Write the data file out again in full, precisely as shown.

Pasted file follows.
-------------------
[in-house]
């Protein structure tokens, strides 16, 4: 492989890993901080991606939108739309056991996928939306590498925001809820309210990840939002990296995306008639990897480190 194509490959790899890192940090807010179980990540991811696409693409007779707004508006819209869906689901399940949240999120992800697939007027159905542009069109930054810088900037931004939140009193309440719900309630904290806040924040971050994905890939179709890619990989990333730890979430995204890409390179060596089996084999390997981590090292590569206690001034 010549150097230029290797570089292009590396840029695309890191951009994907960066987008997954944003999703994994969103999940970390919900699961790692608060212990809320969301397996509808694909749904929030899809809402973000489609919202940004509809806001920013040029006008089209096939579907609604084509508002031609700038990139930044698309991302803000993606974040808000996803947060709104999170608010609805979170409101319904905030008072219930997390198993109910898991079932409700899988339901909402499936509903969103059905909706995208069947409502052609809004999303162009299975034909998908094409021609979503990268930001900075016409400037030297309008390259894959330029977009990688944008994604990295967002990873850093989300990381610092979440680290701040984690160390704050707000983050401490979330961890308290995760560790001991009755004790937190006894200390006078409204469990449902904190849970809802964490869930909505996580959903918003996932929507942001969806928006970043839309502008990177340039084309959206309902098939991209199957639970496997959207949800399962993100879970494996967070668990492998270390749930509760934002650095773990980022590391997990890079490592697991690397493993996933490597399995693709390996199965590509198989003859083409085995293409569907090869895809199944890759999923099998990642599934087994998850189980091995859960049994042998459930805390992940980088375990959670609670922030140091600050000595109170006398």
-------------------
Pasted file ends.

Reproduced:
[in-house]
């Protein structure tokens, strides 16, 4: 492989890993901080991606939108739309056991996928939306590498925001809820309210990840939002990296995306008639990897480190 194509490959790899890192940090807010179980990540991811696409693409007779707004508006819209869906689901399940949240999120992800697939007027159905542009069109930054810088900037931004939140009193309440719900309630904290806040924040971050994905890939179709890619990989990333730890979430995204890409390179060596089996084999390997981590090292590569206690001034 010549150097230029290797570089292009590396840029695309890191951009994907960066987008997954944003999703994994969103999940970390919900699961790692608060212990809320969301397996509808694909749904929030899809809402973000489609919202940004509809806001920013040029006008089209096939579907609604084509508002031609700038990139930044698309991302803000993606974040808000996803947060709104999170608010609805979170409101319904905030008072219930997390198993109910898991079932409700899988339901909402499936509903969103059905909706995208069947409502052609809004999303162009299975034909998908094409021609979503990268930001900075016409400037030297309008390259894959330029977009990688944008994604990295967002990873850093989300990381610092979440680290701040984690160390704050707000983050401490979330961890308290995760560790001991009755004790937190006894200390006078409204469990449902904190849970809802964490869930909505996580959903918003996932929507942001969806928006970043839309502008990177340039084309959206309902098939991209199957639970496997959207949800399962993100879970494996967070668990492998270390749930509760934002650095773990980022590391997990890079490592697991690397493993996933490597399995693709390996199965590509198989003859083409085995293409569907090869895809199944890759999923099998990642599934087994998850189980091995859960049994042998459930805390992940980088375990959670609670922030140091600050000595109170006398």